How we cite our quotes:
Come, go with me into mine armoury;
Lucius, I'll fit thee; and withal, my boy,
Shalt carry from me to the empress' sons
Presents that I intend to send them both:
Come, come; thou'lt do thy message, wilt thou not?
Ay, with my dagger in their bosoms, grandsire.
No, boy, not so; I'll teach thee another course. (4.1.10)
We saw above that Young Lucius seems ready to join in the cycle of bloody violence. Here Grandpa Titus promises to teach him a more subtle way to get revenge.
O sweet Revenge, now do I come to thee;
And, if one arm's embracement will content thee,
I will embrace thee in it by and by. (5.2.7)
When Tamora visits Titus (whom she thinks has gone mad) dressed as the physical embodiment of "Revenge," Titus plays along and embraces her. There's a whole lot to say about this dramatic moment. We particularly like literary critic Alexander Leggatt's point of view. Leggatt writes that "When Titus welcomes her [Tamora] with a one-armed embrace, the moment has a double significance: Titus is embracing Revenge but he is also embracing Tamora – and the act conveys, more than Titus realizes, how much he and his victim have in common" ("Titus Andronicus: A Modern Perspective").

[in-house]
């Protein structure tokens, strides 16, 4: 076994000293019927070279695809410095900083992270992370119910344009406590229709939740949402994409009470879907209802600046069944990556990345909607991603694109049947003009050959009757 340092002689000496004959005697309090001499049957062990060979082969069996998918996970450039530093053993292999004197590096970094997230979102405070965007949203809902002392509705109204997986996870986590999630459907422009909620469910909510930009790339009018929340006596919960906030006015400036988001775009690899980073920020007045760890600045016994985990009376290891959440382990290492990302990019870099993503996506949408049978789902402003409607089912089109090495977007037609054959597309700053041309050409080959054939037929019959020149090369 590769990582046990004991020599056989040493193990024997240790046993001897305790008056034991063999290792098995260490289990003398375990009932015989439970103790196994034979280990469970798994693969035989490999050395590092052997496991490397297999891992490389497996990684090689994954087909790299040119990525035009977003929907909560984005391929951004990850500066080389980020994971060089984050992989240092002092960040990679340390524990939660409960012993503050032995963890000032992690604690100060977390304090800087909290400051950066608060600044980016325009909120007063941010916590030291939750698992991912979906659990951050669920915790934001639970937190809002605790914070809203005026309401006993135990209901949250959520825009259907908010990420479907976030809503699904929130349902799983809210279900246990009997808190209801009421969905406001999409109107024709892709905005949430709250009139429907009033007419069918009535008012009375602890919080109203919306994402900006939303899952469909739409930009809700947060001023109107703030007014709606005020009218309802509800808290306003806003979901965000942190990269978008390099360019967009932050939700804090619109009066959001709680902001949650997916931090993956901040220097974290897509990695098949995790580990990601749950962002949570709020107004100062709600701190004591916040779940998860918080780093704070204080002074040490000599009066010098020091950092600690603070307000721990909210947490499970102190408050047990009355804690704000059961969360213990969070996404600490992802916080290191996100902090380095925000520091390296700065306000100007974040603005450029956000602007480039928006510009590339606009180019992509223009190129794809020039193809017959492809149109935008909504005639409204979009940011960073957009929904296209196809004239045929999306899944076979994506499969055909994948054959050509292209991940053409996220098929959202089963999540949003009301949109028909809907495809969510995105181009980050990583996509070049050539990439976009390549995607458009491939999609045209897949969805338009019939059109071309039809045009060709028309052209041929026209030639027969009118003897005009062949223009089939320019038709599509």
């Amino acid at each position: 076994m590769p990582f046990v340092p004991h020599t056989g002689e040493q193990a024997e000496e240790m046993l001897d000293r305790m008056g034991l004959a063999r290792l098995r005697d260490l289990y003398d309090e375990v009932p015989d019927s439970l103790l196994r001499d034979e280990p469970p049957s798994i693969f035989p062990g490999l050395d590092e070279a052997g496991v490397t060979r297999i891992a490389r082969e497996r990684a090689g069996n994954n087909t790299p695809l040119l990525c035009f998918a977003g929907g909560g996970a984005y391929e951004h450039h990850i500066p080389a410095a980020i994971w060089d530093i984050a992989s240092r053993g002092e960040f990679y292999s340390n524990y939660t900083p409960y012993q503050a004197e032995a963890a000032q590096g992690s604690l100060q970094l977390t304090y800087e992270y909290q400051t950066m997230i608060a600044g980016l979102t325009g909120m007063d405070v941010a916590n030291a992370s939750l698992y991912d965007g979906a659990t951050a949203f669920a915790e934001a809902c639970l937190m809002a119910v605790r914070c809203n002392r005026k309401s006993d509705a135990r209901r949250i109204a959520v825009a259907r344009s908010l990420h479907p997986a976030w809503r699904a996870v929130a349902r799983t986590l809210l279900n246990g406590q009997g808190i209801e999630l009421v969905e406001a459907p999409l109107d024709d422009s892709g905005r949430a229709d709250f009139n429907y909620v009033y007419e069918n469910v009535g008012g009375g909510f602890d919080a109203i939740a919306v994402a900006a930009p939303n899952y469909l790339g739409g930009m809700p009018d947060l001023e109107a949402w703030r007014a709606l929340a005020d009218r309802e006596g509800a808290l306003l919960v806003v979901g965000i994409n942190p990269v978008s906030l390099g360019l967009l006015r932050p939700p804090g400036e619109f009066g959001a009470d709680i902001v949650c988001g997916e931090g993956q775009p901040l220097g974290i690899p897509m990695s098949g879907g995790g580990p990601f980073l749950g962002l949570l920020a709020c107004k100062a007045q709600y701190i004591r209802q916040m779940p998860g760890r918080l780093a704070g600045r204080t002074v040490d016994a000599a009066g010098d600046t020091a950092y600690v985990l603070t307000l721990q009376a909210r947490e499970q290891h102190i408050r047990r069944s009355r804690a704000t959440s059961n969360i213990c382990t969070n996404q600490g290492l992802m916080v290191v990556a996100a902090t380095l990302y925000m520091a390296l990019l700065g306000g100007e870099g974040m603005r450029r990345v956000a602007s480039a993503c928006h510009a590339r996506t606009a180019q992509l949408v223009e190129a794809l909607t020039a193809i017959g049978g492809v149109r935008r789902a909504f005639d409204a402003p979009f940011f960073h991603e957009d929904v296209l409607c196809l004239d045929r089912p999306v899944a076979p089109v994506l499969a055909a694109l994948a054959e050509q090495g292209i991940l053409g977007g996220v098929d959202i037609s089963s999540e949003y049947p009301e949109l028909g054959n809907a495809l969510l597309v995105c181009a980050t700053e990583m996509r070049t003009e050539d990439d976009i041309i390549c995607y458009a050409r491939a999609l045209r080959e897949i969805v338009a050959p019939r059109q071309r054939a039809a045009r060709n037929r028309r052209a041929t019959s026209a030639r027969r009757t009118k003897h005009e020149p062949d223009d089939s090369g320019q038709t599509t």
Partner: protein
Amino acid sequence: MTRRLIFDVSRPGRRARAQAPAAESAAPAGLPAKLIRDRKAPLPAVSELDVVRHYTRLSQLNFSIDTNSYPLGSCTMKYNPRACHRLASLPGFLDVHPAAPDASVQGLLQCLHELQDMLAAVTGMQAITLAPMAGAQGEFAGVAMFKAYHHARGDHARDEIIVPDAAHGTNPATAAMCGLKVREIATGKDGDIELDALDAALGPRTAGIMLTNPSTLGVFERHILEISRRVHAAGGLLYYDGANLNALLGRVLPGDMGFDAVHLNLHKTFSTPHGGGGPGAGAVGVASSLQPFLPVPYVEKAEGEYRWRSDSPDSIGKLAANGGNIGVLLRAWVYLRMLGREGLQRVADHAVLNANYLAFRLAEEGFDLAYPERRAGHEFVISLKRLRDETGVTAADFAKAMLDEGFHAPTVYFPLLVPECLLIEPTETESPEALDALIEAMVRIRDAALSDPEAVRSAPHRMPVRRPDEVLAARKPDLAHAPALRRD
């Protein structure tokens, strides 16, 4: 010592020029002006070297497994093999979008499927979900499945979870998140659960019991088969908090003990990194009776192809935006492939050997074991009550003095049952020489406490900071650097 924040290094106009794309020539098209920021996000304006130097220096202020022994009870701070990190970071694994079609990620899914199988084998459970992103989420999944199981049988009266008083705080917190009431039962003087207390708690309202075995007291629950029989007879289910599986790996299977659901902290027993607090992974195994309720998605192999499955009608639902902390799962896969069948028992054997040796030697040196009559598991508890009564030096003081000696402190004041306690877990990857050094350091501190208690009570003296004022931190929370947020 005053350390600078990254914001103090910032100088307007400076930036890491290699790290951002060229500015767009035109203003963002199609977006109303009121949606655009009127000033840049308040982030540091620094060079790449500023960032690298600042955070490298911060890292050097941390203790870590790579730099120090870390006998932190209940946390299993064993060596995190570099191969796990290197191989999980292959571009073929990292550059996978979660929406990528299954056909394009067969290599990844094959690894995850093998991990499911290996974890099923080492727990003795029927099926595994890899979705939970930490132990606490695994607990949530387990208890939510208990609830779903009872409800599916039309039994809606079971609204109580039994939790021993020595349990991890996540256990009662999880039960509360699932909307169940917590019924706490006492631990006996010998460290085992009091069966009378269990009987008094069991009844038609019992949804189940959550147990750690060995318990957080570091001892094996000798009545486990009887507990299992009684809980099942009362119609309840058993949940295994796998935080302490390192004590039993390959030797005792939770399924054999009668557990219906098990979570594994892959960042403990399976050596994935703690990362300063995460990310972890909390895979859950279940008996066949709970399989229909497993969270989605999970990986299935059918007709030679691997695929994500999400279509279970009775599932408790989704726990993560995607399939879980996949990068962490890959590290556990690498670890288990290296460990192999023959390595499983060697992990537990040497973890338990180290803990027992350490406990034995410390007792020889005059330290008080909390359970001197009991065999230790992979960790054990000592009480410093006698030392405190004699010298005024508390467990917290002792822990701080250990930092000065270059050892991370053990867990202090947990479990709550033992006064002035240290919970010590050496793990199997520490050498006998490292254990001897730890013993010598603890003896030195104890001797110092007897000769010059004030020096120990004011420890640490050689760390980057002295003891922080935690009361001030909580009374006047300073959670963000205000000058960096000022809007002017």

You know your mother means to feast with me,
And calls herself Revenge, and thinks me mad:
Hark, villains! I will grind your bones to dust
And with your blood and it I'll make a paste,
And of the paste a coffin I will rear
And make two pasties of your shameful heads,
And bid that strumpet, your unhallow'd dam,
Like to the earth swallow her own increase.
This is the feast that I have bid her to,
And this the banquet she shall surfeit on; (5.2.18)
As Titus prepares to slit Chiron and Demetrius's throats and bake them into a meat pie, he declares that he'll serve the dish to Tamora at a banquet. This puts a whole new spin on the concept that "revenge is a dish best served cold," wouldn't you say? Titus also makes a grisly pun when he says he's going to "rear" a "coffin." "Coffin" is another word for piecrust, which is what Titus intends to whip up out of the boys' blood and ground-up bones. Of course, a coffin is also what dead bodies are placed in for burial, so there's some dark humor at work here.